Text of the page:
In many ways it has been a bad few weeks for the Rajapaksa regime on the international stage. But then they are used to that. Internationally they respond to criticisms with a combination of denial, prevarication – and by offering endless, largely phoney, inquiries and promises of action.
Domestically they portray these criticisms of their appalling human rights record as attacks on the nation of Sri Lanka – and by extension as attacks on the Sinhala majority from which they draw their support.
But all the while they continue with their programme of repression of the Tamils, of the north and east – and their assaults on the fundamentally Tamil identity of the region through land-grabs, ethnic re-engineering, sexual violence, the cynical use of Sinhala families as an ethnic "plantation" and the economic marginalization of the local Tamil population. In alignment with that they also "encourage" the growing tide of Sinhala ultra-nationalism which finds its clearest expression in the saffron-robed thugs of the Bodu Bala Sena and their racist ideology – now also directed at Muslims and Christians.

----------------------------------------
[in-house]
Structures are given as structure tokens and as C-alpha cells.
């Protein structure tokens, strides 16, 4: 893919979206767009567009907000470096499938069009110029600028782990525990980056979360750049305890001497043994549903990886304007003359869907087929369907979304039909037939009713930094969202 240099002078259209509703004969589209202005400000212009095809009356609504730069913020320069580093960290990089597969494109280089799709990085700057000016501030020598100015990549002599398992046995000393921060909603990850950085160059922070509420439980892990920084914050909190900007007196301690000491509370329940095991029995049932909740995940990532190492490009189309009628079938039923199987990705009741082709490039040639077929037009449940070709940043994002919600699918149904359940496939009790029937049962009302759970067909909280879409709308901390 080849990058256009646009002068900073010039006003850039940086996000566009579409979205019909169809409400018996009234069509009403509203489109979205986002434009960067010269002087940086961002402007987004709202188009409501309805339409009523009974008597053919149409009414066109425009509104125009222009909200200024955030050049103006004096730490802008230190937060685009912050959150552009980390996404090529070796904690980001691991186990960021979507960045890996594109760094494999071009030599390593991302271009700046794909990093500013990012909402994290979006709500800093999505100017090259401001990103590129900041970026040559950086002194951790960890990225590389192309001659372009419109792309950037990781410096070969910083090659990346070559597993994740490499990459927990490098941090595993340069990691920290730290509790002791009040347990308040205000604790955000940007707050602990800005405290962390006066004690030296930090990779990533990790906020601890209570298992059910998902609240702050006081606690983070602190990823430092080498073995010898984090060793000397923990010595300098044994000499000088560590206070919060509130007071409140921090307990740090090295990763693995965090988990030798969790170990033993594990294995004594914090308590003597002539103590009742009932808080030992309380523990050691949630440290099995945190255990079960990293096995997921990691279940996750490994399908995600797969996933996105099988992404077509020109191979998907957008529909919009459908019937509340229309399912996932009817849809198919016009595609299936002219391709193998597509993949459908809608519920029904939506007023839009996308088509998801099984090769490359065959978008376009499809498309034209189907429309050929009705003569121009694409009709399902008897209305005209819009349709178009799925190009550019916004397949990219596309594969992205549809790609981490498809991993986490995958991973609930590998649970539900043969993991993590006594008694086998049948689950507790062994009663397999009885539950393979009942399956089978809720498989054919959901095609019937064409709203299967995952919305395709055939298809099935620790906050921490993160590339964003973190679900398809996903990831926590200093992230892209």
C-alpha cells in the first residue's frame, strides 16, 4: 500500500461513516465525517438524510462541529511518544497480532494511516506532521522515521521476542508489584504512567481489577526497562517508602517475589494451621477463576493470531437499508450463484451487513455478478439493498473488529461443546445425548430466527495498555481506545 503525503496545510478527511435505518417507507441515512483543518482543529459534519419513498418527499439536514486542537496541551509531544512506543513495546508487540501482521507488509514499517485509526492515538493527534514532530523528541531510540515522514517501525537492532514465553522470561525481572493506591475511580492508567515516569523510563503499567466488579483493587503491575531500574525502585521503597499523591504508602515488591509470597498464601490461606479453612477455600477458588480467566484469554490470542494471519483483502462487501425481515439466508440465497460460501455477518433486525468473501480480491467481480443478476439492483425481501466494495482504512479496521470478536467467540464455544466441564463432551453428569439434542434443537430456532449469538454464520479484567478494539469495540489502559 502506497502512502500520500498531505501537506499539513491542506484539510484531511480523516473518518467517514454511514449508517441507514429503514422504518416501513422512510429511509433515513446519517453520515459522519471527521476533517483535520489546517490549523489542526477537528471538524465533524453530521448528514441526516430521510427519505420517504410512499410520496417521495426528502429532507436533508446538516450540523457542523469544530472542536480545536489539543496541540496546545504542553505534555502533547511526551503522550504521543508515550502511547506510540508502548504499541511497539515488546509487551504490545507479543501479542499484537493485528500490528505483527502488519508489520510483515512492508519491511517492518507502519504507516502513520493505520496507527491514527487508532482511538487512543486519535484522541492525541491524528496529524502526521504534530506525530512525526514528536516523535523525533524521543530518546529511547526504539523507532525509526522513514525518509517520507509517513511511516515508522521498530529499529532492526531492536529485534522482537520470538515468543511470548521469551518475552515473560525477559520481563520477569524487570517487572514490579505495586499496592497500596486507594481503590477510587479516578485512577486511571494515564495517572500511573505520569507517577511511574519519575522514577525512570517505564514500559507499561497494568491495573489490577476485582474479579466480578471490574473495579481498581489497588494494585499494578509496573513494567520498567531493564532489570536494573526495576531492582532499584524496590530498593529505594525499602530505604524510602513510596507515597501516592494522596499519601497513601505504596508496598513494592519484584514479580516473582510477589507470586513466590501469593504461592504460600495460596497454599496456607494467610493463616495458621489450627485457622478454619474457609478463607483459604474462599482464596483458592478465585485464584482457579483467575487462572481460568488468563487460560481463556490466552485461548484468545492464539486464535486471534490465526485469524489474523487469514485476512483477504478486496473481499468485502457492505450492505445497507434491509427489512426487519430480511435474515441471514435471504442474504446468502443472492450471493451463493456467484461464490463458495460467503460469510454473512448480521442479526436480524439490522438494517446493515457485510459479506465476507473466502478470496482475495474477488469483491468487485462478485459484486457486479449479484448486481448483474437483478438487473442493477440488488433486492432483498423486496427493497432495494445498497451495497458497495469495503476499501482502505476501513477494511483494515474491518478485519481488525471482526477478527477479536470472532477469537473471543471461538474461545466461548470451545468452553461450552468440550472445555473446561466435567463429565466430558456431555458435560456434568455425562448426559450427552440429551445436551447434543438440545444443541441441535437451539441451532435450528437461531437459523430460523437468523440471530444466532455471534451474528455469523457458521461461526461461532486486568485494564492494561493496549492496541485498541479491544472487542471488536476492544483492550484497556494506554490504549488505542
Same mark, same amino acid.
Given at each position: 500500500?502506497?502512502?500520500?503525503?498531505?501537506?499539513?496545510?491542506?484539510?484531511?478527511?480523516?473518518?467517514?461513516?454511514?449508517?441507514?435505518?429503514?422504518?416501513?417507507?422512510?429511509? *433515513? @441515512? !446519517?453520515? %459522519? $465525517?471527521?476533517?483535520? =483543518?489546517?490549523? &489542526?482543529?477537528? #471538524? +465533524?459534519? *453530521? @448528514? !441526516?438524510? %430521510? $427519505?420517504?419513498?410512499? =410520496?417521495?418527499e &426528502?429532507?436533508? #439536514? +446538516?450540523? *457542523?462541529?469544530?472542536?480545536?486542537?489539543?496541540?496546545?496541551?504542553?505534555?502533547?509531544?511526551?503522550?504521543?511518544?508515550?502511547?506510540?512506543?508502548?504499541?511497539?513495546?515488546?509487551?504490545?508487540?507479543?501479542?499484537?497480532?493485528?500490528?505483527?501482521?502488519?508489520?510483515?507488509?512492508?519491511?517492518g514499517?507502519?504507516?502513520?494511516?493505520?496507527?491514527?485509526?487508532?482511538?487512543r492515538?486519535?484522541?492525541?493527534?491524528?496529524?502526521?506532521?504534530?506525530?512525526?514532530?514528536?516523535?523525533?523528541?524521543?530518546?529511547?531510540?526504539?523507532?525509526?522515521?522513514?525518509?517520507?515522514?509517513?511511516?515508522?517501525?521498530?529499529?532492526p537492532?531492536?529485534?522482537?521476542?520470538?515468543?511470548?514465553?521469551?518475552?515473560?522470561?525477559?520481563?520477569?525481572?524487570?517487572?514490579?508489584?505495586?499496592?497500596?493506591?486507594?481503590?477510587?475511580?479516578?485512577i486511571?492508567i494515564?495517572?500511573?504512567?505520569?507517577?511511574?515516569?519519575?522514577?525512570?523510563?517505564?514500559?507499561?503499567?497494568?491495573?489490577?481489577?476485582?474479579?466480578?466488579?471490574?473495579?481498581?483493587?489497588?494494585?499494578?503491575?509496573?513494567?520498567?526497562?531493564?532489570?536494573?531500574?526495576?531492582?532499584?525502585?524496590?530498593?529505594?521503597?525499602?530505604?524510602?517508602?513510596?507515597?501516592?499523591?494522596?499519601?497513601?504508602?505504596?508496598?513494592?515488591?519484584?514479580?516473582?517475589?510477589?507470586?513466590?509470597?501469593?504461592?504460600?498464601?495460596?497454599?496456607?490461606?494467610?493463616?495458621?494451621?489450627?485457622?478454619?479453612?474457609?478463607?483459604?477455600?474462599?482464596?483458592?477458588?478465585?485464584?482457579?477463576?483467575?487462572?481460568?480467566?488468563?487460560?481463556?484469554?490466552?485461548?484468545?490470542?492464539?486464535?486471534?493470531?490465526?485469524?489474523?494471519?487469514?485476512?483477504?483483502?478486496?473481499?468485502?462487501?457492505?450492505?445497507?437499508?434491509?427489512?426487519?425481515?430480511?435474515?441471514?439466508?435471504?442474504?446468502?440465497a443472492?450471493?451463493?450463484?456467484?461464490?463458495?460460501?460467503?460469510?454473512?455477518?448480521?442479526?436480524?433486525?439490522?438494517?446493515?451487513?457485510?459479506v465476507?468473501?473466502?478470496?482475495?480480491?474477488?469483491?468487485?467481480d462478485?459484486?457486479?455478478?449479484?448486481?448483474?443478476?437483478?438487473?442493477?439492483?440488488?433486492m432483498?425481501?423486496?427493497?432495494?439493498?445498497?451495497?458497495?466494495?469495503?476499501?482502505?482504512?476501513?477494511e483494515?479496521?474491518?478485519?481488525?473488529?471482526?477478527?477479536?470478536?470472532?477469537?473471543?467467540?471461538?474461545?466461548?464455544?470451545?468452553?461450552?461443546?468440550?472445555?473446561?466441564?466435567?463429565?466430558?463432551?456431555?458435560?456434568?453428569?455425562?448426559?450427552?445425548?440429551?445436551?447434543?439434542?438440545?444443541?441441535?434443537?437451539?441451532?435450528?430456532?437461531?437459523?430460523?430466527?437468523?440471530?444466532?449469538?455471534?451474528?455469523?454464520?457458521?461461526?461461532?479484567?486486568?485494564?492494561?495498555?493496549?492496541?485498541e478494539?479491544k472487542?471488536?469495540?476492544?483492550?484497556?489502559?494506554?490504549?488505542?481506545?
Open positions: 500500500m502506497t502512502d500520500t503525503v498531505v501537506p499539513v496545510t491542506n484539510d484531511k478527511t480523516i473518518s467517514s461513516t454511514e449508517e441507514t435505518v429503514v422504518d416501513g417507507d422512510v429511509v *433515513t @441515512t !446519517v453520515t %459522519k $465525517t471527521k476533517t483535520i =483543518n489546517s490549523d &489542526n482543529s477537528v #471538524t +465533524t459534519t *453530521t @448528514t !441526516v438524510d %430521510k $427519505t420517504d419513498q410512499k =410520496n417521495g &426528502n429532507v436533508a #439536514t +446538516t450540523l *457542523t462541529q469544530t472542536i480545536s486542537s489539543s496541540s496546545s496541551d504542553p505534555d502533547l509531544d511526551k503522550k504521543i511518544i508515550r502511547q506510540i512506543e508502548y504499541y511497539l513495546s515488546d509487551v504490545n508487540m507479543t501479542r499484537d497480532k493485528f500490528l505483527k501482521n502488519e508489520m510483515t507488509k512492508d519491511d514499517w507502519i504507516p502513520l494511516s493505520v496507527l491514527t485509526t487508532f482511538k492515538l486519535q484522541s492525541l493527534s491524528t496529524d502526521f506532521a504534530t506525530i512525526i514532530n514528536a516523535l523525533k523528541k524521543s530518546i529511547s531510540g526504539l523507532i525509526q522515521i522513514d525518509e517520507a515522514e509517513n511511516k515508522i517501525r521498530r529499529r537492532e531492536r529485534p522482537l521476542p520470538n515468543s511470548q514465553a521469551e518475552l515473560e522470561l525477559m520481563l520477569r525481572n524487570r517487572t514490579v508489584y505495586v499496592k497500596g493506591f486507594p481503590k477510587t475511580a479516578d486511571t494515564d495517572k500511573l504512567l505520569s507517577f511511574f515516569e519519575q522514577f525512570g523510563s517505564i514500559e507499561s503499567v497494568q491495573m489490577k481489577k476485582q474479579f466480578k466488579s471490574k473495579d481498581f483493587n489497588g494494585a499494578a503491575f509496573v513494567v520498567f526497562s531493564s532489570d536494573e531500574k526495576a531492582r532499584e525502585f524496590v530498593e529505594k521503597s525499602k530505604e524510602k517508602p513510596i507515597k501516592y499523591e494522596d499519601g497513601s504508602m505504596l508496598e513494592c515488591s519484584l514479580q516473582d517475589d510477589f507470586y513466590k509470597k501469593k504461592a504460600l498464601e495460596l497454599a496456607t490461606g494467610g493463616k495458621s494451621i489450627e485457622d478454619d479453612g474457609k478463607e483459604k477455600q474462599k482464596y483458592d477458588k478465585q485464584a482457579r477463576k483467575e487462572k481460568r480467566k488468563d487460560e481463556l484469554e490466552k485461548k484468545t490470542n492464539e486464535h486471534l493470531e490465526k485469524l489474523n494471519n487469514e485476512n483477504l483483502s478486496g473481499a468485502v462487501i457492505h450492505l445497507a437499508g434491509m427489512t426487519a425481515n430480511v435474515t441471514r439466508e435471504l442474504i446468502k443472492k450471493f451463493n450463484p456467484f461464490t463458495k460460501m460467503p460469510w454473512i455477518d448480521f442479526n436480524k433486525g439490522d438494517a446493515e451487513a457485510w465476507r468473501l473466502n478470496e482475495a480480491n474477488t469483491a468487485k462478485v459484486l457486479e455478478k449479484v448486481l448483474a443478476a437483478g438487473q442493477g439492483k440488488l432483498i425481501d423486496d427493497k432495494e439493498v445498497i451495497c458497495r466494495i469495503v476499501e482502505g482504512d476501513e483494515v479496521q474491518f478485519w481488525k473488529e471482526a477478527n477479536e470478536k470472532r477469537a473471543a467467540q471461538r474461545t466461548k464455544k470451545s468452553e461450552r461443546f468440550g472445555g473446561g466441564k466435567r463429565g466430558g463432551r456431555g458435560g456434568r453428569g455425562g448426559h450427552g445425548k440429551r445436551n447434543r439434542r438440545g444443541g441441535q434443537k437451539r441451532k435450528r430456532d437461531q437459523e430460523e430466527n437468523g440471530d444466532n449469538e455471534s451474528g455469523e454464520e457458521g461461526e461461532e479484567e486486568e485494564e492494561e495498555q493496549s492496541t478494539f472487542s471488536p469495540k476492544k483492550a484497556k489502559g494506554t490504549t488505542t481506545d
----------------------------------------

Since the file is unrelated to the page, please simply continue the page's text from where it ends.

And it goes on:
And that is the key problem for the international community and for human rights defenders – both internationally and from all communities within Sri Lanka. There is no time to waste. The Rajapkasas believe that if they can delay long enough, they will achieve what they want in the north and east – and wear down the resolve of the international community to act on their historic war crimes.
So will they succeed?
One hopes not. On the face of it – and indeed in reality – they are under increasing pressure.
Last month in his oral report on the progress of the UN inquiry, the High Commissioner for Human Rights made some pretty devastating criticisms. He said he was "shocked" by the "ongoing campaign of threats, harassment, intimidation and reprisals by both state and non-state actors since March against civil society groups, human rights defenders and victims' organisations, including those who might support or engage with the international inquiry."